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Sunday, August 05, 2018

A "finest hour": Operation Pedestal

Mortally wounded, the Ohio staggers into Valletta

August 1942: Malta remained a thorn in the side of the enemy, who had been besieging the island since June 1940. Rommel had said in 1941 that unless Malta fell, North Africa would be lost to the Axis.

Disastrously, in September 1941 the US Embassy in Cairo had been secretly burgled by the Italians, who copied the code book; and the "Black Code" had also been cracked by the Germans soon after, so the enemy were reading translations of the American reports within hours of transmission.

In June 1942 two British supply convoys had been sent - Operations Vigorous and Harpoon - and owing in part to the intelligence intercepts were successfully attacked, with heavy losses to our side.

By the August, then, the situation in Malta was desperate, and another large convoy was put together under Operation Pedestal. As well as food and - crucially - fuel, the flotilla carried a squadron of Spitfires that took off once past Gibraltar and headed for the island via a circuitous route to evade trouble. These planes would be key not only to the defence of Malta but to future attacks on Axis forces in North Africa and Sicily.

Young Battle of Britain veteran and Pedestal participant Geoffrey Wellum noted that because of the need to carry extra fuel for the long flight, the Spitfires' ammunition was removed and replaced with rations of cigarettes - good for the defenders' morale!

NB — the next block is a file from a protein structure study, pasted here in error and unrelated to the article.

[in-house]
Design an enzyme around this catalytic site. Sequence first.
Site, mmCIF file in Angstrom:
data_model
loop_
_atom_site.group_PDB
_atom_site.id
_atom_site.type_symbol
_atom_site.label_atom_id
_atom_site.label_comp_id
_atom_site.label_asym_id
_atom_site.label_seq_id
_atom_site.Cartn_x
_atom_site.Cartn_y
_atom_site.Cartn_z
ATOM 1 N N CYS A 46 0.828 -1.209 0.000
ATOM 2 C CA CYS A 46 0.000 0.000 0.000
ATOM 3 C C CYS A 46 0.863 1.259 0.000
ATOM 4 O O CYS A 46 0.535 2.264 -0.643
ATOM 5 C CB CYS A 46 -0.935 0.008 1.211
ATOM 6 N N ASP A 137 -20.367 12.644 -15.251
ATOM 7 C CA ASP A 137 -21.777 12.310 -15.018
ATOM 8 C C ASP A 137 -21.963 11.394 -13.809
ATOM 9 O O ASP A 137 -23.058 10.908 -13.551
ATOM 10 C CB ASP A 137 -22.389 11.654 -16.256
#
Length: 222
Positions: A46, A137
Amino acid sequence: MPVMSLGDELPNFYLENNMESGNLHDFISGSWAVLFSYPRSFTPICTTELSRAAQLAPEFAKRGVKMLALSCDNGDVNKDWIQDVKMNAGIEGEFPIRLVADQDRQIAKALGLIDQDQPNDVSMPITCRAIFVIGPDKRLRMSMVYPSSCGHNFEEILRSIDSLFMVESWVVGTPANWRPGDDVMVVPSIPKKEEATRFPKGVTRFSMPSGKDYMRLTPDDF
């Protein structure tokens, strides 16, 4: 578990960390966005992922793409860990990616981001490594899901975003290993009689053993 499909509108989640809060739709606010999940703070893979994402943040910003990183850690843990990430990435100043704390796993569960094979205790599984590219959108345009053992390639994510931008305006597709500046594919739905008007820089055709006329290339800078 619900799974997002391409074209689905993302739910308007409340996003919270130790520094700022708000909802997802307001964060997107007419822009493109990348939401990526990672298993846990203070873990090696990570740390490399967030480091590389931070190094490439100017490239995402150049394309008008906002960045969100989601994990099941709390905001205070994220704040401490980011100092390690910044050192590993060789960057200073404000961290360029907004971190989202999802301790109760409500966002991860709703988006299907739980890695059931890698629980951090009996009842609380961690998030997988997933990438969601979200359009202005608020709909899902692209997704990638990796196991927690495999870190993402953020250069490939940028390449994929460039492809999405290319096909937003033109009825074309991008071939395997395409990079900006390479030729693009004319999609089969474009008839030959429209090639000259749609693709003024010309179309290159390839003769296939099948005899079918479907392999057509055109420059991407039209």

The squadron got safely to Malta, and waited.

West of them in the Mediterranean, fourteen merchant ships and thirty-eight ships of war including four aircraft carriers came under an intense air and submarine attack that had begun even as the Spitfires were taking off. The Navy lost a carrier (the Eagle), two light cruisers and a destroyer, and nine merchant ships went down also.

But the Ohio* got through, carrying 10,000 tons of fuel oil and saving the island's capacity to defend itself. She only just managed to get into the Grand Harbour, severely damaged and with a destroyer lashed to either side of her, sinking even as her cargo was being pumped out, subsequently breaking into two and having to be towed out to sea and scuttled by naval gunfire.

Fourteen ships sunk, thirty-four aircraft destroyed, hundreds dead. But a gamble that paid off.

*Requisitioned from her resentful US owners after reaching the Clyde in Scotland. She had arrived there on 21 June 1942, only three days after the C-in-C of the Mediterranean Fleet, looking at the recent failures of Operations Vigorous and Harpoon, had cabled Churchill to advise against another attempt to breach the Malta blockade.


wiggiatlarge said...

Before these events the island had no serviceable airstrip but did have three operational but obsolete Gloster Sea Gladiators bi planes from another era, flown by pilots with no fighter training they were known as Faith, Hope and Charity, they were kept flying by using some others in crates for spares so there were always three flying.
This followed by some Fairey Swordfish torpedo bombers, also outdated and then some Hurricanes that became clapped out as there were no spares, amazing the island survived, and what heroics from those pilots against such odds.

Sackerson said...

@W: thanks for the additional info. Yes, by the skin of our teeth - not for the first or last time.